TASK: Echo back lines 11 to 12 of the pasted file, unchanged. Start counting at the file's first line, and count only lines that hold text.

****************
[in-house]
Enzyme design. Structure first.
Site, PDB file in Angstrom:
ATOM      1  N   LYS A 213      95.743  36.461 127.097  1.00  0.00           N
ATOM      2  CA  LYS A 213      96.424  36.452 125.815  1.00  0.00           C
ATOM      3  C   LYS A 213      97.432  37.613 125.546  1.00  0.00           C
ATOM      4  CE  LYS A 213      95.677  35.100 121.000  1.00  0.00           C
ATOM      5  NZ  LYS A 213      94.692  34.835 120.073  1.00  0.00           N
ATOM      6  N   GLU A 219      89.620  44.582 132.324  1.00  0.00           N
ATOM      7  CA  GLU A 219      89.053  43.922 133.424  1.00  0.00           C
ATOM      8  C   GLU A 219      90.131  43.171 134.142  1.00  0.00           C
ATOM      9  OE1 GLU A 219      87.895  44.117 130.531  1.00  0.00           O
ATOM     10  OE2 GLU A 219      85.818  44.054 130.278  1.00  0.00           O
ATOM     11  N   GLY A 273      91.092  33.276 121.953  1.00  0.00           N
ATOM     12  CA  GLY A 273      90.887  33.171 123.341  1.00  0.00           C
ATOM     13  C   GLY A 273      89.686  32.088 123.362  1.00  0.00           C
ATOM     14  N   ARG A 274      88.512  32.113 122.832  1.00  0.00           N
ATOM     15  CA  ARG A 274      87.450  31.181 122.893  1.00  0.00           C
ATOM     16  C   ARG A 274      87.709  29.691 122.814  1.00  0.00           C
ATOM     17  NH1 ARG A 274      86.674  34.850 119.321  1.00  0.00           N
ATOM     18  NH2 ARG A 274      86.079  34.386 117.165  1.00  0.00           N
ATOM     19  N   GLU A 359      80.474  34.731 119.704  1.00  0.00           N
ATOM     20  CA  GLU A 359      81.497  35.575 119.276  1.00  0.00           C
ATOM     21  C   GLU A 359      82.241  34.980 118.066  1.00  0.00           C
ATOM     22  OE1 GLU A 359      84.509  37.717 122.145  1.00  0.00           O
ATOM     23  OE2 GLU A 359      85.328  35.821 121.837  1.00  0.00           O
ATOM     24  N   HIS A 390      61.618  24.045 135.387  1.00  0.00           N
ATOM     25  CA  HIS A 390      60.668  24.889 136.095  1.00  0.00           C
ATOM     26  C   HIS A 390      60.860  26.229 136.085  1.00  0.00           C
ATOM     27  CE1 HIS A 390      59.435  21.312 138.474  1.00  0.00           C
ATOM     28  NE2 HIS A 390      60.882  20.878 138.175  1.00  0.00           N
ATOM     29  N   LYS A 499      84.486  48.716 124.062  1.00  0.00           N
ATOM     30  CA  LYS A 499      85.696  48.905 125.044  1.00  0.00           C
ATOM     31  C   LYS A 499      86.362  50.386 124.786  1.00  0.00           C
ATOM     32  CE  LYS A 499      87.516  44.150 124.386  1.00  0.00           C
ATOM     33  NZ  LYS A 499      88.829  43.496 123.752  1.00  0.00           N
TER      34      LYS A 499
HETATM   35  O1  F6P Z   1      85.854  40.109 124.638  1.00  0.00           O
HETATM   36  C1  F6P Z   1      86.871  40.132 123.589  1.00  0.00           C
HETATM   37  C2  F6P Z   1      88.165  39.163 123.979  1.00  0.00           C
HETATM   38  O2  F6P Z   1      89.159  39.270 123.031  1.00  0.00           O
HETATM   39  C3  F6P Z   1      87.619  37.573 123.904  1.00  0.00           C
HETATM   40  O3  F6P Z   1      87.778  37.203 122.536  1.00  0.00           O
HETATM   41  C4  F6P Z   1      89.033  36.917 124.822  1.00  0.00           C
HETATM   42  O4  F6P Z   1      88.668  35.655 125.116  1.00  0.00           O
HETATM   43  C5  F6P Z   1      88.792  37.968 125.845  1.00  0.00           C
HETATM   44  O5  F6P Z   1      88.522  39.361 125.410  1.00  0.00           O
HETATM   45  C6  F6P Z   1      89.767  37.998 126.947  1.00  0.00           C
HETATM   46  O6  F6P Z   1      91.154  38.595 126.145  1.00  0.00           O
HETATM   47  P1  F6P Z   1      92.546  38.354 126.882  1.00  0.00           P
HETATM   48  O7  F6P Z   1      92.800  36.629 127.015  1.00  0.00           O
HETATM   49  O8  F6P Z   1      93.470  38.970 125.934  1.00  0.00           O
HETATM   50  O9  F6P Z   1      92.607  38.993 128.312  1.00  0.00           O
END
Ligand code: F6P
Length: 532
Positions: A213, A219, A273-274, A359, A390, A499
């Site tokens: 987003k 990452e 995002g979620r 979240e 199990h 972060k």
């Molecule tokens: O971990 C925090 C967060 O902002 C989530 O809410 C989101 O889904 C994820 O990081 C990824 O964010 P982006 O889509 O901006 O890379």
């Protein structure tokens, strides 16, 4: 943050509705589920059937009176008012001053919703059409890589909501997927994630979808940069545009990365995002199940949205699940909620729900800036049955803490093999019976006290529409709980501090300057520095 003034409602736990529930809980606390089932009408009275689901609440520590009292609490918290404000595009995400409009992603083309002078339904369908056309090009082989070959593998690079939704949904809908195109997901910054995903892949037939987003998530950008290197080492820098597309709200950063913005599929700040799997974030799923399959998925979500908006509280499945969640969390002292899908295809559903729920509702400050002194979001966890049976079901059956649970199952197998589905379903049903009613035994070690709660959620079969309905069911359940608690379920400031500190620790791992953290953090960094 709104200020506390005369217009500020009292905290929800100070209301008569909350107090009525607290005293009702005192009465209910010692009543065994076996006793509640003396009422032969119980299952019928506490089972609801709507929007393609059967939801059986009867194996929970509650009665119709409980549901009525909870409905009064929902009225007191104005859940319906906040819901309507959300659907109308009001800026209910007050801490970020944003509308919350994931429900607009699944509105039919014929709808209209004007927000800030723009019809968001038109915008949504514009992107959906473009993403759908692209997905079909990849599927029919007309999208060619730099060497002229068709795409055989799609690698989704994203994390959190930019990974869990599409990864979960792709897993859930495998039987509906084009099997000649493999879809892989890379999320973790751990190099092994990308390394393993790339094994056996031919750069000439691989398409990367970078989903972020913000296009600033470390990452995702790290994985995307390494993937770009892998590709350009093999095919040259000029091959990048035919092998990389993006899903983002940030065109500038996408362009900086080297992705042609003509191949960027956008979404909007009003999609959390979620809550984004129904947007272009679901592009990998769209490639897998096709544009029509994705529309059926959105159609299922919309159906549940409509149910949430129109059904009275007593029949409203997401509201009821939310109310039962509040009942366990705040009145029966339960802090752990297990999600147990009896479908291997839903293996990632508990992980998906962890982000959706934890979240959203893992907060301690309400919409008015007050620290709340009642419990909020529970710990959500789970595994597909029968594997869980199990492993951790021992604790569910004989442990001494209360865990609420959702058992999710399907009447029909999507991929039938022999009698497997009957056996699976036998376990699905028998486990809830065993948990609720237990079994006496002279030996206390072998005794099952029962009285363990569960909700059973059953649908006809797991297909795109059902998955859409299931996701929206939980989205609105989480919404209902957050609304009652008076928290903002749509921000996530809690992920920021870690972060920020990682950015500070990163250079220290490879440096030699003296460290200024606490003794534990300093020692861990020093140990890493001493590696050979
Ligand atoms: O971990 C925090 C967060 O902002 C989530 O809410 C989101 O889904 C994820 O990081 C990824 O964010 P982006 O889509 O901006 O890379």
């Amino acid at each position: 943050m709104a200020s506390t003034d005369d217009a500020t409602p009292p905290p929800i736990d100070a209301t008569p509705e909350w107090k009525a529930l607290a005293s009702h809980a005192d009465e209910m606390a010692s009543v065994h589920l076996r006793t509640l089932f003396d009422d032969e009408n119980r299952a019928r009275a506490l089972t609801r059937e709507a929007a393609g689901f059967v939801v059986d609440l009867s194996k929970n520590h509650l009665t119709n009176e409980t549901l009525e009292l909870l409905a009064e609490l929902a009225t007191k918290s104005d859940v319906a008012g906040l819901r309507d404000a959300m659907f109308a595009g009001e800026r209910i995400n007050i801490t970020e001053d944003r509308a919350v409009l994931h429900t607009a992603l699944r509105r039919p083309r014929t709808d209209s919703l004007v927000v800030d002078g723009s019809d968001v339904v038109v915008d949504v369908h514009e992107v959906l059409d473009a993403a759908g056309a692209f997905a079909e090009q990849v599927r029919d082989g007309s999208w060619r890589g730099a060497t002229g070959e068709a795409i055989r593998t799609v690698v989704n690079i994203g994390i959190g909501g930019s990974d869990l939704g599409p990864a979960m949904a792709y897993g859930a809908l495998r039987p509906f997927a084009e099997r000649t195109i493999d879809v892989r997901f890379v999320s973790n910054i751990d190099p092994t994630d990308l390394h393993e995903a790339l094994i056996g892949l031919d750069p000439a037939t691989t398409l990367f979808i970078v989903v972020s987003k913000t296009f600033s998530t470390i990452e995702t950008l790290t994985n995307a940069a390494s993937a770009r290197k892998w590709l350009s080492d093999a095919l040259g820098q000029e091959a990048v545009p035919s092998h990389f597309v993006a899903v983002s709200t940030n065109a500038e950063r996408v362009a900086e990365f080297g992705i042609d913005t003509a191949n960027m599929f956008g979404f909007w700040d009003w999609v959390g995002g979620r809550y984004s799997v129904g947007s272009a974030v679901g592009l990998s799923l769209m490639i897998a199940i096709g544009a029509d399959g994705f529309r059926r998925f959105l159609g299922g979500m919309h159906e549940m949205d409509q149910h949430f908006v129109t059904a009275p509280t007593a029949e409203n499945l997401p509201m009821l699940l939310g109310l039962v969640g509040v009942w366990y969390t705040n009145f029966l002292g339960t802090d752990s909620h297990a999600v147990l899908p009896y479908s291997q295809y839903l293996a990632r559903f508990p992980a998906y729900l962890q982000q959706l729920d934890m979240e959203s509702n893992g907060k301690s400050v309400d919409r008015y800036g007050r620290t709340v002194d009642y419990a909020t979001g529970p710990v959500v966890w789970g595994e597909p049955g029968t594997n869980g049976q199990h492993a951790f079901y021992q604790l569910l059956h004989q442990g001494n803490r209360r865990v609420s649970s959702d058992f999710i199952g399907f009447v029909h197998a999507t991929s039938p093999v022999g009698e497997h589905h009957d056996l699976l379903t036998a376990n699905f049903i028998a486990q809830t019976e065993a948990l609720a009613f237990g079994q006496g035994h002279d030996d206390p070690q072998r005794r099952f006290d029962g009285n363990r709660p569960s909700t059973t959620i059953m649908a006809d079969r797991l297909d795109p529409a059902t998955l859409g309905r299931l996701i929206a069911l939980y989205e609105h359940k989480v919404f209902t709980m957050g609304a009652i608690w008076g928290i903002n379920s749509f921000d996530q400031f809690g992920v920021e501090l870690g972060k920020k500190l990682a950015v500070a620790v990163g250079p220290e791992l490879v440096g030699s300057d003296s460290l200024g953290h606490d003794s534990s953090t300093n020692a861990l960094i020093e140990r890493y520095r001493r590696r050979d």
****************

ATOM      8  C   GLU A 219      90.131  43.171 134.142  1.00  0.00           C
ATOM      9  OE1 GLU A 219      87.895  44.117 130.531  1.00  0.00           O